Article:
How to Cite this Article: McAllister M, Wood AM, Dunn G, Shiloh S, Todd C. 2012. The perceived personal control (PPC) questionnaire: Reliability and validity in a sample from the United Kingdom. Am J Med Genet Part A 158A:367–372.
The perceived personal control (PPC) questionnaire: Reliability and validity in a sample from the United Kingdom†
Article first published online: 7 DEC 2011
Copyright © 2011 Wiley Periodicals, Inc.
American Journal of Medical Genetics Part A
Volume 158A, Issue 2, pages 367–372, February 2012
How to Cite
McAllister, M., Wood, A. M., Dunn, G., Shiloh, S. and Todd, C. (2012), The perceived personal control (PPC) questionnaire: Reliability and validity in a sample from the United Kingdom. Am. J. Med. Genet., 158A: 367–372. doi: 10.1002/ajmg.a.34374
- Issue published online: 19 JAN 2012
- Article first published online: 7 DEC 2011
- Manuscript Accepted: 17 OCT 2011
- Manuscript Received: 21 FEB 2011
- medical genetics;
- patient reported outcome measure;
- perceived personal control;
- genetic counseling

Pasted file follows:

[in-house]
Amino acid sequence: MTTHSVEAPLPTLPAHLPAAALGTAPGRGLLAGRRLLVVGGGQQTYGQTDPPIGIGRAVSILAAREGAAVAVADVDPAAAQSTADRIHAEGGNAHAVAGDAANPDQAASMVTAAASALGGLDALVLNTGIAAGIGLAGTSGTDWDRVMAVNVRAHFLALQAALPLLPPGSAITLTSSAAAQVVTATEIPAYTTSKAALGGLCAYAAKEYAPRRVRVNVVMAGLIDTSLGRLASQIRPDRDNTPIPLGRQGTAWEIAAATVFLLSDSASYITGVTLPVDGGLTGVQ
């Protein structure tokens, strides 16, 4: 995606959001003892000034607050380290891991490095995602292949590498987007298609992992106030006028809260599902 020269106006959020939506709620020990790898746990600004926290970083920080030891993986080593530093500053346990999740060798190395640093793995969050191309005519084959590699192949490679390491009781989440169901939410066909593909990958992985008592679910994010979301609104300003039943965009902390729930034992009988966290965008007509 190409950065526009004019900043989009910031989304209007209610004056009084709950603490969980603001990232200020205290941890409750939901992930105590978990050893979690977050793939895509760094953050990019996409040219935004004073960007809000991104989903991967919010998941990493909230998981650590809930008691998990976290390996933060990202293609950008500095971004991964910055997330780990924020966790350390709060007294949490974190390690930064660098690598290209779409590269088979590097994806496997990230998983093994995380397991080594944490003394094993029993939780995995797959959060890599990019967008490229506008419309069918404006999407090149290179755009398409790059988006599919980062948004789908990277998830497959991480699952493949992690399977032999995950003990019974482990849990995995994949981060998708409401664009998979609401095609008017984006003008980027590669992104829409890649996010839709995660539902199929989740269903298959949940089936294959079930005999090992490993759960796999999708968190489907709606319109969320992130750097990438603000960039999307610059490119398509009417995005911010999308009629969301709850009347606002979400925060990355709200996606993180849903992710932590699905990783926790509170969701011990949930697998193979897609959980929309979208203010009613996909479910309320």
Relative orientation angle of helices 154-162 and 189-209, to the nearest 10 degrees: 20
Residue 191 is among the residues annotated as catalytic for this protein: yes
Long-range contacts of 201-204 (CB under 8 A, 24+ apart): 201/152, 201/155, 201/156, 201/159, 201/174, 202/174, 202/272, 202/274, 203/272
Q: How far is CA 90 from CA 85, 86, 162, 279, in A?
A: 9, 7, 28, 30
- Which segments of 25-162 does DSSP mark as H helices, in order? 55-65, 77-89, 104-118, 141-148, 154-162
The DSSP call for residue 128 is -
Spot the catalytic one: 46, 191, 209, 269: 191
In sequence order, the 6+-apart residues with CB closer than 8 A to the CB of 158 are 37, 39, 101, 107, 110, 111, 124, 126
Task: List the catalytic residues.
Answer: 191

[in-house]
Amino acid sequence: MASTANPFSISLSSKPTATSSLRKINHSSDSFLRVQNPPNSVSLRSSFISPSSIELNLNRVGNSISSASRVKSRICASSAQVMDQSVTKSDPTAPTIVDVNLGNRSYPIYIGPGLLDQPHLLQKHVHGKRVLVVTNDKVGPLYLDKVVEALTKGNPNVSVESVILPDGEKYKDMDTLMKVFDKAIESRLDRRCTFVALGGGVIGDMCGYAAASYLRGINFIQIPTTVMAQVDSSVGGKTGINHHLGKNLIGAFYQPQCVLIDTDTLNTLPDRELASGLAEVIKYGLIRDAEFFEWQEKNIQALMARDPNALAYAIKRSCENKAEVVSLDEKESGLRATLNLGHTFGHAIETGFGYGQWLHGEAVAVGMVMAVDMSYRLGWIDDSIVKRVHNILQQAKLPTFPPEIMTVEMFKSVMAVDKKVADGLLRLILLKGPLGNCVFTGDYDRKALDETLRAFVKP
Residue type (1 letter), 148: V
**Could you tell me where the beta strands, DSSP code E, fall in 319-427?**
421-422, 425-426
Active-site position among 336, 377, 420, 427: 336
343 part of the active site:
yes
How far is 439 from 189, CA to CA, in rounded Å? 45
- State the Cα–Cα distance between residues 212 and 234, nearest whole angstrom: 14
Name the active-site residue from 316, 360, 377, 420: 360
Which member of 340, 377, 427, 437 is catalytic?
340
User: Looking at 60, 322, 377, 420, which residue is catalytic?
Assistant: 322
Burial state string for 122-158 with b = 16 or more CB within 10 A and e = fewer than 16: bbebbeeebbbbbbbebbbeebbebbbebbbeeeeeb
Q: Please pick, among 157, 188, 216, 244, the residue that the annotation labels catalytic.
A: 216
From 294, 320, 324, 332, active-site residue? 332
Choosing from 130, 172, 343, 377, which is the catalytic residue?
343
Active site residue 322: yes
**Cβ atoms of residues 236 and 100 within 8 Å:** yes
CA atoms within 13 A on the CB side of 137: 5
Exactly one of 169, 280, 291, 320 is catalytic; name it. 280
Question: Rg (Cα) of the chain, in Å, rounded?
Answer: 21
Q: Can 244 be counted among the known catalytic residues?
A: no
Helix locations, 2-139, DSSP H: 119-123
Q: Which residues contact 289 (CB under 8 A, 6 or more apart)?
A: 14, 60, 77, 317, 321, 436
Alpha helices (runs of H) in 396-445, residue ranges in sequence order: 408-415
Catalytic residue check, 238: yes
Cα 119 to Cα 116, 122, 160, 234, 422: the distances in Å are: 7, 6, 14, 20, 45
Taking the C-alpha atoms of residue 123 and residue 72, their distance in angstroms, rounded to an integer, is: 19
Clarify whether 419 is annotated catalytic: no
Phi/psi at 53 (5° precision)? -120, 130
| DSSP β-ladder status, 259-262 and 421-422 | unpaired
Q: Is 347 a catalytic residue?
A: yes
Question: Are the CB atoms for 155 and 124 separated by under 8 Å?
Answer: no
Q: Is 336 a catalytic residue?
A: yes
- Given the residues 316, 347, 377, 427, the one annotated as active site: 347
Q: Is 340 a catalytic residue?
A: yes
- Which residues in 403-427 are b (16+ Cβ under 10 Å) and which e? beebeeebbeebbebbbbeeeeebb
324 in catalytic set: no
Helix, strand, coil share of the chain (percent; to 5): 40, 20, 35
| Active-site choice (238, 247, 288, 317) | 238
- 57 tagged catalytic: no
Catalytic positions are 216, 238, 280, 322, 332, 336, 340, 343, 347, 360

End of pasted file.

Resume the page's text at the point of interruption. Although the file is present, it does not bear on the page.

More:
Outcome measures are important assessment tools to evaluate clinical genetics services. Research suggests that perceived personal control (PPC) is an outcome valued by clinical genetics patients and clinicians. The PPC scale was developed in Hebrew to capture three dimensions of PPC: Cognitive, decisional, and behavioral control. This article reports on the first psychometric validation of the English translation of the PPC scale. Previous research has shown that the Hebrew and Dutch translations have good psychometric properties. However, the psychometric properties of the English translation have not been tested, and there is disagreement about the factor structure, with implications for how to score the measure. A total of 395 patients attending a clinical genetics appointment in the United Kingdom completed several measures at baseline, and a further 241 also completed measures at 2–4 weeks follow-up. The English language PPC has (a) a one-factor structure, (b) convergent validity with internal health locus of control (IHLC), satisfaction with life (SWL), depression, and authenticity, (c) high internal consistency (α = 0.83), and (d) sensitivity to change, being able to identify moderate changes in PPC following clinic attendance (Cohen's d = 0.40). These properties suggest the English language PPC measure is a useful tool for both clinical genetics research and for use as a Patient Reported Outcome Measure (PROM) in service evaluation. © 2011 Wiley Periodicals, Inc.